Sharon Girard captures a tick crawling along a ceiling tile at her Kadena Air Base home.

Sharon Girard captures a tick crawling along a ceiling tile at her Kadena Air Base home. (David Allen/Stars and Stripes)

KADENA AIR BASE — An infestation of ticks in base housing here has officials re-examining the inspection process prior to assigning units to new families.

But that’s of little consolation to Sharon Girard, who said this is her “summer of hell.”

Girard, 44, says the failure of base housing inspectors to detect ticks in a house they assigned her in June, has cost her family thousands of dollars.

“It’s horrendous,” she said. “Almost everything we own has been ruined.”

The nightmare began back in June, when Marine Lt. Col. Charles E. Girard, the Food Services officer for Marine bases on Okinawa, finally got what he wanted: a house closer to his office on Camp Kinser. For the past seven years the family has been living on Camp Courtney. The move put him 30-45 minutes closer to work.

His wife said they moved into their new home June 9. Within days they realized they had a problem.

“I was sitting on a stool in the kitchen while I was putting food away, and I saw a tick on my leg,” Sharon Girard said. “The next day we found a couple more. On the 11th my husband found six ticks in our bathroom in the time between he showered and shaved.

“They were coming out of the woodwork,” she said.

Girard collected about a dozen ticks and called the entomology section of the 718th Civil Engineering Squadron. She handed them in a plastic bag to an inspector who arrived the same day.

The inspector confirmed the infestation and the house and yard were sprayed immediately.

The ticks survived.

“There were still ticks everywhere,” Girard said. “We were set to go back to the States on leave to take our oldest daughter to Annapolis for her plebe summer.”

“All we could take was the clothes on our backs,” she said. “Everything else was infested. We had to buy everything for ourselves and for my daughter, who was starting her first year at the Naval Academy. That alone put us out about $4,000.”

They had their two dogs dipped and shaved and left them with friends. The house was sprayed again and the Girards left.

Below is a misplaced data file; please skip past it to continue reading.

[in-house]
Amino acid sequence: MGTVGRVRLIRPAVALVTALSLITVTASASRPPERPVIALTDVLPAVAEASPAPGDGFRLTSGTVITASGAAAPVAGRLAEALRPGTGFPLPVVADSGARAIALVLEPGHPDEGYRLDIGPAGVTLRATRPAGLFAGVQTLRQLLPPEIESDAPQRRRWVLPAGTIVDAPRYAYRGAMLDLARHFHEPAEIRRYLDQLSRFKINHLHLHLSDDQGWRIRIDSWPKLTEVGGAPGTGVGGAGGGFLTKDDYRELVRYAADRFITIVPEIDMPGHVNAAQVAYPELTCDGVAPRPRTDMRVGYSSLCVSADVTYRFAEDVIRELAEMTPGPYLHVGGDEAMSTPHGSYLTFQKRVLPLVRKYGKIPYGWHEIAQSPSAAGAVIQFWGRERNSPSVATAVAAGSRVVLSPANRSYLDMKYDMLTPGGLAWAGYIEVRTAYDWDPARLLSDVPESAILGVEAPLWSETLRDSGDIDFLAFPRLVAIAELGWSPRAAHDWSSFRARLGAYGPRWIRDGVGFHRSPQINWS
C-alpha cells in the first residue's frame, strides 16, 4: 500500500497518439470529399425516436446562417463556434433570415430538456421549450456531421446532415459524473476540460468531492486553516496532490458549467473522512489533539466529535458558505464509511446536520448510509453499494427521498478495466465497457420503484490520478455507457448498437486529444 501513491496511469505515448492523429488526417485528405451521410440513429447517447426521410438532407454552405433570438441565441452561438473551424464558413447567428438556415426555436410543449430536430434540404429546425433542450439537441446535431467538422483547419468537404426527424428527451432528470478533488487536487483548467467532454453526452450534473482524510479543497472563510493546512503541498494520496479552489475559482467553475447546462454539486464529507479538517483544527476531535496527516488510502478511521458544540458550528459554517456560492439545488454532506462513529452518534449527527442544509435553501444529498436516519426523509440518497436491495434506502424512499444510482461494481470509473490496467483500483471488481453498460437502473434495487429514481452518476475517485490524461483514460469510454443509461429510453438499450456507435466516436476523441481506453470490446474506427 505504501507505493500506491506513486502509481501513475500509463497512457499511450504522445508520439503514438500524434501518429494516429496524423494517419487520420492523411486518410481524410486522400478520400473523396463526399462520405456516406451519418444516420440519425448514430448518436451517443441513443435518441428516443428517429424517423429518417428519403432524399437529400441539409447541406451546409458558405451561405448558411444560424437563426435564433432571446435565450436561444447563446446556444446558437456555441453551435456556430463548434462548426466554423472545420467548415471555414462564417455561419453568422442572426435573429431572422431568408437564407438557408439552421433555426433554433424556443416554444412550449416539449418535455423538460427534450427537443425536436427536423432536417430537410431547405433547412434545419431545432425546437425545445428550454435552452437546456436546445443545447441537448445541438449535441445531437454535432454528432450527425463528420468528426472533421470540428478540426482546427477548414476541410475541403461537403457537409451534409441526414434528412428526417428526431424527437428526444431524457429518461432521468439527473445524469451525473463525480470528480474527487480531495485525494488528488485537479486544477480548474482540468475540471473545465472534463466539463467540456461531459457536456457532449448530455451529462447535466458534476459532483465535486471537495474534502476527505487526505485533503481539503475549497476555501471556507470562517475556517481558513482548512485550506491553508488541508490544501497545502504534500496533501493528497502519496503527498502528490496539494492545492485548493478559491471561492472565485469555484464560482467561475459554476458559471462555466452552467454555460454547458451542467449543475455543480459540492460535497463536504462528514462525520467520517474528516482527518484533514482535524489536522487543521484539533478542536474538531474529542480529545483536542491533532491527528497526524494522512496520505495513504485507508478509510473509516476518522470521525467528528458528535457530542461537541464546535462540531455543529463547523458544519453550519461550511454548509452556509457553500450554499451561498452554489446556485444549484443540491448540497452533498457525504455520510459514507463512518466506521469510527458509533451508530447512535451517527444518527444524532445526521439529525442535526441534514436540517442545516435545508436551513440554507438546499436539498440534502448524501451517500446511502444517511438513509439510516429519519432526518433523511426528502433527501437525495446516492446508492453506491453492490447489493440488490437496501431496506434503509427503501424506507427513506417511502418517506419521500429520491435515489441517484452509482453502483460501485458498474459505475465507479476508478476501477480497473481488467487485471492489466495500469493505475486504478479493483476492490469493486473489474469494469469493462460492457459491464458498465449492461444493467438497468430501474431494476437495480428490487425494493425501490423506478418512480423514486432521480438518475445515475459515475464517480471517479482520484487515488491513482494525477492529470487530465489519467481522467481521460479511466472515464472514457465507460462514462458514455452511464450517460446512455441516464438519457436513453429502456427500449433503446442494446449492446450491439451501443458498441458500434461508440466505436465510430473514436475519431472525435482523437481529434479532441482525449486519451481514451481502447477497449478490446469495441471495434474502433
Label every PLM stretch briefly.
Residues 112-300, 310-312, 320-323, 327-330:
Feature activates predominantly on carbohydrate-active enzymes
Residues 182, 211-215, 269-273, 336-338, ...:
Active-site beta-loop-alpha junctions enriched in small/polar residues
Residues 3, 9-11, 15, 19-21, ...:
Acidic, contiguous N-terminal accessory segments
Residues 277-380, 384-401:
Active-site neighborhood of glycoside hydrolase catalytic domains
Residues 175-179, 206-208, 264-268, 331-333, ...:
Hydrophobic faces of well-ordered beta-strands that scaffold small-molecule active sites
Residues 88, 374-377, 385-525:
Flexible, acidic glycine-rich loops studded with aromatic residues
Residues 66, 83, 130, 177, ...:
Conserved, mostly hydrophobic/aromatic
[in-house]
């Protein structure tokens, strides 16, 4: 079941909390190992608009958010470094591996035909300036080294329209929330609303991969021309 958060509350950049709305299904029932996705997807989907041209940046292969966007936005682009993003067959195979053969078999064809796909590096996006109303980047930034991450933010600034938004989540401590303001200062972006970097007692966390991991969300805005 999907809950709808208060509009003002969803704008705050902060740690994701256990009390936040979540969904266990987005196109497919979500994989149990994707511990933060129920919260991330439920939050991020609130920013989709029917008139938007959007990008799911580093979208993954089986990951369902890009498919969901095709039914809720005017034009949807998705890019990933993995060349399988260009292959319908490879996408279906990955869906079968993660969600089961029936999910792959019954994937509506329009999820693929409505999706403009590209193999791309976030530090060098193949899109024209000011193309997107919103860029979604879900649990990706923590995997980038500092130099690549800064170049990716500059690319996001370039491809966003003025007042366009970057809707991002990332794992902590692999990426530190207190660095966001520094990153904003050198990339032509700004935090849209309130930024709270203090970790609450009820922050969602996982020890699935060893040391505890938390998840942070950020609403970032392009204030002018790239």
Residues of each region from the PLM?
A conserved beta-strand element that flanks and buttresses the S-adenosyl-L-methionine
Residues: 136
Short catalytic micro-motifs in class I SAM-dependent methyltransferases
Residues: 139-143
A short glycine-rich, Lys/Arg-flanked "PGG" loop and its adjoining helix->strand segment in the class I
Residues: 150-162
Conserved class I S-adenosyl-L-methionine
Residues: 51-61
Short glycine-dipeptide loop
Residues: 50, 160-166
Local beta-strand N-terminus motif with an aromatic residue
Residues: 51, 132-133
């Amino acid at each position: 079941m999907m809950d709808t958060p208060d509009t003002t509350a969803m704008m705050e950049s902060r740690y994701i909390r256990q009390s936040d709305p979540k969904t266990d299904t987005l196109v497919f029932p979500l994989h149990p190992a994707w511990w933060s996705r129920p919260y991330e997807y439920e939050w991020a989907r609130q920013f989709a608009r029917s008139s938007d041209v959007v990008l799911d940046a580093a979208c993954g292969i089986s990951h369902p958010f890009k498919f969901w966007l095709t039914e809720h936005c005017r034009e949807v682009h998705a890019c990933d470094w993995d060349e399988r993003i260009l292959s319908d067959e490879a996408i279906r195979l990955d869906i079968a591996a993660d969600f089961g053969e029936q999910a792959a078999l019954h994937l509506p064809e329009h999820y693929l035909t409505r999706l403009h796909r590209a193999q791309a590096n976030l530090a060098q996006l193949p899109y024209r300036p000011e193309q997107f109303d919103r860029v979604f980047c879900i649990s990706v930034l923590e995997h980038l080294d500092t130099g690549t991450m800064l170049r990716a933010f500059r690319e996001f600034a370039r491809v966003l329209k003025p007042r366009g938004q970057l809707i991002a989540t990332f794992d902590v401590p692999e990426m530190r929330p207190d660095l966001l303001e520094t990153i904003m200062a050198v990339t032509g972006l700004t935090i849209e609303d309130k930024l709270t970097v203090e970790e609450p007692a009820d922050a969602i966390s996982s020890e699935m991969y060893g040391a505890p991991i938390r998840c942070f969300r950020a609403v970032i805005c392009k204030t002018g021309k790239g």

They returned July 6.

“We were assured there was no way anything could still be alive,” Girard said. “We went into the house to clean up and get ready to move everything, and there were still all these ticks. It was worse than before.”

The Girards were given a new house around the corner, but had to leave all of their belongings behind because of the infestation. The Air Force arranged to have the house professionally fumigated.

Girard said the family was prepared to lose some personal effects, but weren’t prepared for what happened next.

After the house’s four-day fumigation treatment they were allowed inside to check on their belongings.

“It’s a disaster,” Girard said. “The chemicals corroded anything that was metal — everything from my husband’s medals and daughter’s ROTC trophies to anything electrical, like computers and televisions and other appliances, is destroyed.”

As of Thursday, she estimates the family’s loss at more than $40,000.

“And we haven’t inventoried everything yet,” she said.

What really irks her, though, is that she believes housing officials could have prevented the problem. “The house was treated for ticks a year ago,” she said. “It should’ve been red-flagged. Entomology should have been out there and inspecting it the day after they moved.”

Mike Reese, assistant chief of housing for the 718th Civil Engineering Squadron, said procedures in place prior to the tick fiasco provided no warning.

“A year ago last July, the unit was treated for a pest control problem that included ticks,” he said. “However, the former occupants never identified a further problem.

“We considered the problem taken care of since there were no further indications of a problem from the occupants,” he said.

Reese said everything appeared normal during the transfer of the house at 1832 Stearley Heights from its former occupants. “In a pre-termination briefing we always ask ‘do you have any maintenance or pest control problem that we need to rectify?’ And their answer was ‘no.’”

The same question was asked during the final inspection of the house after the occupant’s belongings were removed, Reese said. “Again we asked the standard questions,” he said. The occupants said there was no change.